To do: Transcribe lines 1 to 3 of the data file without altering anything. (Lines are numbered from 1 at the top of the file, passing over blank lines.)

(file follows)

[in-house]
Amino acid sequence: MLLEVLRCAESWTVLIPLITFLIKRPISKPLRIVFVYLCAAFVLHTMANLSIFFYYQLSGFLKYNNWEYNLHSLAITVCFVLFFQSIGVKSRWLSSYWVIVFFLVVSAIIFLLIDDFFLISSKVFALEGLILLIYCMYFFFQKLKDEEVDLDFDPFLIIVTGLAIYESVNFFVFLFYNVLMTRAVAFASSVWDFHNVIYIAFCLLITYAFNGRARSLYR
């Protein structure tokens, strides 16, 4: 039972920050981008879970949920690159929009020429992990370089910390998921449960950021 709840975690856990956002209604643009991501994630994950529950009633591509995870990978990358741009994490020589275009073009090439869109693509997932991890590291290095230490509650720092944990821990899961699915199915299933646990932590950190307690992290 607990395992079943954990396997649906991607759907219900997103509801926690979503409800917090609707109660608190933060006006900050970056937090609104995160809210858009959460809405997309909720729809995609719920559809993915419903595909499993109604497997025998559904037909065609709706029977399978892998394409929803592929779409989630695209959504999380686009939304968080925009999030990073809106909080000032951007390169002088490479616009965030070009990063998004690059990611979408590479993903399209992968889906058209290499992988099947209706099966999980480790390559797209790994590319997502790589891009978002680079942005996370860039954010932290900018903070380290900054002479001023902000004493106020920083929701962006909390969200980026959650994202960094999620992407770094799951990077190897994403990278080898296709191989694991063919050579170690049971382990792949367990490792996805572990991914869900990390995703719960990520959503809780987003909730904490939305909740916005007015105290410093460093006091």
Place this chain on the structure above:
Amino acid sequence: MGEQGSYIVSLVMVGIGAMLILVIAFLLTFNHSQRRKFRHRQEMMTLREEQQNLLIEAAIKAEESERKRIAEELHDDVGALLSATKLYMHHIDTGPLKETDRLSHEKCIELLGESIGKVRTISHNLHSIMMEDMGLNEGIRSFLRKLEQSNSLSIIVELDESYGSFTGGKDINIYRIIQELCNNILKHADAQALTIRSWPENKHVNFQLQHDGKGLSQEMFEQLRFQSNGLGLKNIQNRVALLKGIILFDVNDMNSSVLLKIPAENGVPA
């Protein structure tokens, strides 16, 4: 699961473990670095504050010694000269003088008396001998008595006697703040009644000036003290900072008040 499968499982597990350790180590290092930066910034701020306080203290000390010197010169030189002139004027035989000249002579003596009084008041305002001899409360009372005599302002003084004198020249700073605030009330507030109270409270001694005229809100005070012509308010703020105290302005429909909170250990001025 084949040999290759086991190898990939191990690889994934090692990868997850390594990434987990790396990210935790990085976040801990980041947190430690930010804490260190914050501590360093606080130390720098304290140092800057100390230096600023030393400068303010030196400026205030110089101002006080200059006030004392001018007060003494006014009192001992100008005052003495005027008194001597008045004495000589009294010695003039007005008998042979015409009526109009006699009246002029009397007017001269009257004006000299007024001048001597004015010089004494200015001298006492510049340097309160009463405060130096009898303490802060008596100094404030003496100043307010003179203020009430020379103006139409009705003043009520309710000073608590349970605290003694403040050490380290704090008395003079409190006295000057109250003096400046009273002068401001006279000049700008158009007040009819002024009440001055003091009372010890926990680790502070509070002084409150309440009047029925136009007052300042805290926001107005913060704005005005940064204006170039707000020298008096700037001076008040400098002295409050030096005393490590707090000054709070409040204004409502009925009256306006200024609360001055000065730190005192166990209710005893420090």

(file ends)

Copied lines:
[in-house]
Amino acid sequence: MLLEVLRCAESWTVLIPLITFLIKRPISKPLRIVFVYLCAAFVLHTMANLSIFFYYQLSGFLKYNNWEYNLHSLAITVCFVLFFQSIGVKSRWLSSYWVIVFFLVVSAIIFLLIDDFFLISSKVFALEGLILLIYCMYFFFQKLKDEEVDLDFDPFLIIVTGLAIYESVNFFVFLFYNVLMTRAVAFASSVWDFHNVIYIAFCLLITYAFNGRARSLYR
């Protein structure tokens, strides 16, 4: 039972920050981008879970949920690159929009020429992990370089910390998921449960950021 709840975690856990956002209604643009991501994630994950529950009633591509995870990978990358741009994490020589275009073009090439869109693509997932991890590291290095230490509650720092944990821990899961699915199915299933646990932590950190307690992290 607990395992079943954990396997649906991607759907219900997103509801926690979503409800917090609707109660608190933060006006900050970056937090609104995160809210858009959460809405997309909720729809995609719920559809993915419903595909499993109604497997025998559904037909065609709706029977399978892998394409929803592929779409989630695209959504999380686009939304968080925009999030990073809106909080000032951007390169002088490479616009965030070009990063998004690059990611979408590479993903399209992968889906058209290499992988099947209706099966999980480790390559797209790994590319997502790589891009978002680079942005996370860039954010932290900018903070380290900054002479001023902000004493106020920083929701962006909390969200980026959650994202960094999620992407770094799951990077190897994403990278080898296709191989694991063919050579170690049971382990792949367990490792996805572990991914869900990390995703719960990520959503809780987003909730904490939305909740916005007015105290410093460093006091």